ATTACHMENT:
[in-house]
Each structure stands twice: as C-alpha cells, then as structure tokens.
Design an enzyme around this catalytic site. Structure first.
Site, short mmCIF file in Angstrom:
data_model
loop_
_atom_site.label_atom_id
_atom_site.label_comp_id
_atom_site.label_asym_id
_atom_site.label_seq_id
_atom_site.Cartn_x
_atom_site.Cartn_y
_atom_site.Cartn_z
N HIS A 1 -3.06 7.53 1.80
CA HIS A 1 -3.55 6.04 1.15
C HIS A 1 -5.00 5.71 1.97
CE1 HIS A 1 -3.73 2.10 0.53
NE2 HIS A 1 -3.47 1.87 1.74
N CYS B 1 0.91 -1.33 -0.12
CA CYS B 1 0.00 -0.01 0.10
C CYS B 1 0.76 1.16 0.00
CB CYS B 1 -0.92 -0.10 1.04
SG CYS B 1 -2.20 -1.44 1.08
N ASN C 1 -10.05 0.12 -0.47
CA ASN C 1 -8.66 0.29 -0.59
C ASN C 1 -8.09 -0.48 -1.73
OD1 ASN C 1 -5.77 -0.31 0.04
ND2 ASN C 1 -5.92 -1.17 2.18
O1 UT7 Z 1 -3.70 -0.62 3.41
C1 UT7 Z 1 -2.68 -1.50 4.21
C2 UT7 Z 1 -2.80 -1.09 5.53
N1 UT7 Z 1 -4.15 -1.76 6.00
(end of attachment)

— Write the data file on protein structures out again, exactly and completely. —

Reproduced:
[in-house]
Each structure stands twice: as C-alpha cells, then as structure tokens.
Design an enzyme around this catalytic site. Structure first.
Site, short mmCIF file in Angstrom:
data_model
loop_
_atom_site.label_atom_id
_atom_site.label_comp_id
_atom_site.label_asym_id
_atom_site.label_seq_id
_atom_site.Cartn_x
_atom_site.Cartn_y
_atom_site.Cartn_z
N HIS A 1 -3.06 7.53 1.80
CA HIS A 1 -3.55 6.04 1.15
C HIS A 1 -5.00 5.71 1.97
CE1 HIS A 1 -3.73 2.10 0.53
NE2 HIS A 1 -3.47 1.87 1.74
N CYS B 1 0.91 -1.33 -0.12
CA CYS B 1 0.00 -0.01 0.10
C CYS B 1 0.76 1.16 0.00
CB CYS B 1 -0.92 -0.10 1.04
SG CYS B 1 -2.20 -1.44 1.08
N ASN C 1 -10.05 0.12 -0.47
CA ASN C 1 -8.66 0.29 -0.59
C ASN C 1 -8.09 -0.48 -1.73
OD1 ASN C 1 -5.77 -0.31 0.04
ND2 ASN C 1 -5.92 -1.17 2.18
O1 UT7 Z 1 -3.70 -0.62 3.41
C1 UT7 Z 1 -2.68 -1.50 4.21
C2 UT7 Z 1 -2.80 -1.09 5.53
N1 UT7 Z 1 -4.15 -1.76 6.00